Gerald Holmes, California Polytechnic State University at San Luis Obispo, Bugwood.org
No-till alfalfa should be part and parcel of a no-till system. The threat of soil erosion is very substantial if alfalfa is established in tilled soil. A stand can be partially lost due to erosion, or rills and gullies can form in a new seeding. These rills and gullies will be present for many years and can compromise operation of field equipment, damage it, and present danger to the operator.
Because of the protection provided by mulch, crusting problems are avoided. No-till also saves moisture, which can help improve success with late summer seedings of alfalfa. The stubble provides protection for the young, tender alfalfa seedlings from direct intense sunlight and possible damage from blowing sand or soil particles.
On rocky soils, use of no-till helps eliminate the need to pick rocks. Additional benefits include reduced fuel, labor and time requirements for no-till alfalfa establishment compared with alfalfa establishment in tilled soil.
Finally, lower seeding rates can be used because with a well-adjusted no-till drill seeding depth and metering is much better controlled than in conventional seed drills. However, if you just start thinking about no-till alfalfa now you are way behind the eight-ball. It would be better to start preparing for future no-till planting if you have not taken the necessary precautions or you could be disappointed and fighting the aftermath for the entire duration of the alfalfa stand. Preparation means addressing soil unevenness, weed control, soil fertility, soil pH, herbicide residues, etc. This is more than we can cover here where we assume you have done all the necessary homework so you are ready to plant alfalfa.
Make sure all weeds are killed. Use gramoxone or glyphosate to kill established and emerging weeds. However, it may not be necessary to apply herbicide if your field is clean, so check before you spray.
Any no-till drill can work as long as the seed can be placed within ¼ to ½ inch deep. The greatest threat is to place the seed too deep! Seeding depth is more critical than seeding rate. So the equipment needs to be able to place the seed at the right depth and uniform spacing across all units, and press the seed into the soil gently so it is covered and has good seed-to-soil contact.
Make sure the drill is well-maintained. Drill units should be tight and not wobbly-check bearings and parallel linkages. Make sure all units are in the same plane. Coulters, if present, need to cut through residue. It is best to have narrow coulters that do minimal soil disturbance-wide coulters may leave a lot of bare soil showing, and they also bring up moist soil which can stick to the coulters and depth wheels. By using narrow coulters such as rippled coulters or even bubble coulters you can work in a wider range of soil conditions. This is very important for spring establishment of alfalfa which often happened when the soil is on the wet side. The coulters should not run deeper than the planting depth to avoid dropping seeds too deep.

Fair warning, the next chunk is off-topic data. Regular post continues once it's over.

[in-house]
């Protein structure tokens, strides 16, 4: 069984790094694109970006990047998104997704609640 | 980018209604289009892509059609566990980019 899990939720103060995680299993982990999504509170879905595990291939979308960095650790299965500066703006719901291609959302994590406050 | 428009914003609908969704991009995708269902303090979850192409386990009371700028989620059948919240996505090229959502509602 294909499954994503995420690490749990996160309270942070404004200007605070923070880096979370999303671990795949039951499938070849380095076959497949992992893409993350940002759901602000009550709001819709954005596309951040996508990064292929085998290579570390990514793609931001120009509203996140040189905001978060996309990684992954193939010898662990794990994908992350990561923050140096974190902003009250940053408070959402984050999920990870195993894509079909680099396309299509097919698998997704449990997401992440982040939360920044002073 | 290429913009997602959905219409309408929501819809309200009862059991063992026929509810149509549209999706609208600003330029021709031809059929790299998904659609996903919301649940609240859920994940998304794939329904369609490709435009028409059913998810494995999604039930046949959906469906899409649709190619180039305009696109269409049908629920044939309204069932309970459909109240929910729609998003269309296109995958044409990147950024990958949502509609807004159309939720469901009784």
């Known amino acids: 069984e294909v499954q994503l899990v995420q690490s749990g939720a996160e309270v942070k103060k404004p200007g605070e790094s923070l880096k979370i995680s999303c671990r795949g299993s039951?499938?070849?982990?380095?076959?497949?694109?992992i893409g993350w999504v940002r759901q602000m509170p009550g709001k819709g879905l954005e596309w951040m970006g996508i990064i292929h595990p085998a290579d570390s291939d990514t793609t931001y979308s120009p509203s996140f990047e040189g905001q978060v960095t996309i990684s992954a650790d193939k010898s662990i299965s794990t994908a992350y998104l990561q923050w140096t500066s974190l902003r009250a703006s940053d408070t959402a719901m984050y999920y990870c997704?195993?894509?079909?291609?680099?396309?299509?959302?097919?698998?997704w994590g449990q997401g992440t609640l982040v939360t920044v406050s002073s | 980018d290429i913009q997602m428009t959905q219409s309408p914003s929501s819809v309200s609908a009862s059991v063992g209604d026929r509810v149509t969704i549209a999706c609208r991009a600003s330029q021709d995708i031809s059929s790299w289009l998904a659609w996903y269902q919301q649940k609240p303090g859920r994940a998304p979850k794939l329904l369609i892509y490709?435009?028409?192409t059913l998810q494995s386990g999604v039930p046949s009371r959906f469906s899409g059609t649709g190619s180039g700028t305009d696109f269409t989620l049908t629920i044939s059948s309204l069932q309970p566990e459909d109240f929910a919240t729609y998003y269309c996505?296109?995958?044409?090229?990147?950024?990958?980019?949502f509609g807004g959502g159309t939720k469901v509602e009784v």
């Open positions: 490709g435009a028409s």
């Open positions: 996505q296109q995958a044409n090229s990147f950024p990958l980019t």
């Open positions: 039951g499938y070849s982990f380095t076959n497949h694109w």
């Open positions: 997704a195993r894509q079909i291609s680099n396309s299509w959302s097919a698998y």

Double disk or single disk openers are the most common for no-till alfalfa seeding. Shoe types can also be used but tend to not handle residue as well, do more soil disturbance and can easily place the seed too deep. Make sure the double disk openers are not worn too much and have the right point of contact (check by placing two business cards between the disks to the point of contact-there should be something like an inch between them depending on the drill type).
The depth gauge wheel is often also the press wheel. It is very critical to set it to the right depth. There are also often 'dough-nut' shaped washers controlling seeding depth on the hydraulic cylinders. Play with the number of doughnuts and the settings on the press wheel to come to the right depth. Two inch wide closing wheels seem to work best-they cover the seed firmly while still controlling depth well. Narrower wheels lose to ability to control depth well, while wider wheels do a poor job closing the seed slot.
To determine seeding rate, use the seed charts on the drill as a first approximation. However, it is best to check calibration of the drill using our fact sheet. You should also keep track on the acres planted and quantity of seed used. It is easy to use too much seed and then you are just wasting money!
After planting, continue to monitor the stand and address any issues. Guidance is available in the Penn State Agronomy Guide for weed and pest control. After about 5 weeks the alfalfa should be 3-5 inches tall. Good luck!